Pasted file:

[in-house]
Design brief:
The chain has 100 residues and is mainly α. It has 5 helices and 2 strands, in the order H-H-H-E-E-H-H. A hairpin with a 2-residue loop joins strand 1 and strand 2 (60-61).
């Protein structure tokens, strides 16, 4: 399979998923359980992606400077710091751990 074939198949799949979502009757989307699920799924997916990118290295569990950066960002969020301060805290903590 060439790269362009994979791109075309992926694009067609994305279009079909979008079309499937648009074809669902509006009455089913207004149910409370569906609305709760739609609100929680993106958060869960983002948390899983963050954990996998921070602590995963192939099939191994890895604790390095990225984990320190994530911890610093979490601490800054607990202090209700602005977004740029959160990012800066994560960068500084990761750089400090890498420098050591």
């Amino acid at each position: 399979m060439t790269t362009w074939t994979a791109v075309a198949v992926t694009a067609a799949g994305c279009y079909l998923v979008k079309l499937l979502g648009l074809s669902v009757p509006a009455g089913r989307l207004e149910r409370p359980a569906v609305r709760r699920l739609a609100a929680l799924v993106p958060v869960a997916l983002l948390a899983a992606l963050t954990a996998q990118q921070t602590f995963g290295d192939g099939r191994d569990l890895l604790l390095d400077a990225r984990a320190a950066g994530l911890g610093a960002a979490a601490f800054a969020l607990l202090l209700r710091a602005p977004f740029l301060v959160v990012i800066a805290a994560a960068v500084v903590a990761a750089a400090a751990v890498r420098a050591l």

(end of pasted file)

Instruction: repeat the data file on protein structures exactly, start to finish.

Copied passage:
[in-house]
Design brief:
The chain has 100 residues and is mainly α. It has 5 helices and 2 strands, in the order H-H-H-E-E-H-H. A hairpin with a 2-residue loop joins strand 1 and strand 2 (60-61).
């Protein structure tokens, strides 16, 4: 399979998923359980992606400077710091751990 074939198949799949979502009757989307699920799924997916990118290295569990950066960002969020301060805290903590 060439790269362009994979791109075309992926694009067609994305279009079909979008079309499937648009074809669902509006009455089913207004149910409370569906609305709760739609609100929680993106958060869960983002948390899983963050954990996998921070602590995963192939099939191994890895604790390095990225984990320190994530911890610093979490601490800054607990202090209700602005977004740029959160990012800066994560960068500084990761750089400090890498420098050591």
């Amino acid at each position: 399979m060439t790269t362009w074939t994979a791109v075309a198949v992926t694009a067609a799949g994305c279009y079909l998923v979008k079309l499937l979502g648009l074809s669902v009757p509006a009455g089913r989307l207004e149910r409370p359980a569906v609305r709760r699920l739609a609100a929680l799924v993106p958060v869960a997916l983002l948390a899983a992606l963050t954990a996998q990118q921070t602590f995963g290295d192939g099939r191994d569990l890895l604790l390095d400077a990225r984990a320190a950066g994530l911890g610093a960002a979490a601490f800054a969020l607990l202090l209700r710091a602005p977004f740029l301060v959160v990012i800066a805290a994560a960068v500084v903590a990761a750089a400090a751990v890498r420098a050591l």